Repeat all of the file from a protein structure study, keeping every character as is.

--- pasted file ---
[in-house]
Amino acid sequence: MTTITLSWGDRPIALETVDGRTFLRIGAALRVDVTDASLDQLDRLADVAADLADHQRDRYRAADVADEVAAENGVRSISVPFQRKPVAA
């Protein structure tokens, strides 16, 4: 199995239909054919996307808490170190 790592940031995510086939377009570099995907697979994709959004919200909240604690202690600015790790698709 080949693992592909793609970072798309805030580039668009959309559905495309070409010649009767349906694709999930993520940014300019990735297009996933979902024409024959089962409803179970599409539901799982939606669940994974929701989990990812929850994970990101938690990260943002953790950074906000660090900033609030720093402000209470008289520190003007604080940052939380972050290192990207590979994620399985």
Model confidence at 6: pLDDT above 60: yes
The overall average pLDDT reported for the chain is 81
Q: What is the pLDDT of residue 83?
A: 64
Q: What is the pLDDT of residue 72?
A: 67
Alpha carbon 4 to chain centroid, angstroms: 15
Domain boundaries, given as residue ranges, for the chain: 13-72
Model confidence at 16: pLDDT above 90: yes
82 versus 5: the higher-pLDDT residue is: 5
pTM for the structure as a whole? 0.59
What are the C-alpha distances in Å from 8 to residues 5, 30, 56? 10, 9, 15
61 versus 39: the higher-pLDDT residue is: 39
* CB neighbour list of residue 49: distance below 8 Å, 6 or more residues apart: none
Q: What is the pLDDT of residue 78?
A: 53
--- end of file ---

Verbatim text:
[in-house]
Amino acid sequence: MTTITLSWGDRPIALETVDGRTFLRIGAALRVDVTDASLDQLDRLADVAADLADHQRDRYRAADVADEVAAENGVRSISVPFQRKPVAA
């Protein structure tokens, strides 16, 4: 199995239909054919996307808490170190 790592940031995510086939377009570099995907697979994709959004919200909240604690202690600015790790698709 080949693992592909793609970072798309805030580039668009959309559905495309070409010649009767349906694709999930993520940014300019990735297009996933979902024409024959089962409803179970599409539901799982939606669940994974929701989990990812929850994970990101938690990260943002953790950074906000660090900033609030720093402000209470008289520190003007604080940052939380972050290192990207590979994620399985």
Model confidence at 6: pLDDT above 60: yes
The overall average pLDDT reported for the chain is 81
Q: What is the pLDDT of residue 83?
A: 64
Q: What is the pLDDT of residue 72?
A: 67
Alpha carbon 4 to chain centroid, angstroms: 15
Domain boundaries, given as residue ranges, for the chain: 13-72
Model confidence at 16: pLDDT above 90: yes
82 versus 5: the higher-pLDDT residue is: 5
pTM for the structure as a whole? 0.59
What are the C-alpha distances in Å from 8 to residues 5, 30, 56? 10, 9, 15
61 versus 39: the higher-pLDDT residue is: 39
* CB neighbour list of residue 49: distance below 8 Å, 6 or more residues apart: none
Q: What is the pLDDT of residue 78?
A: 53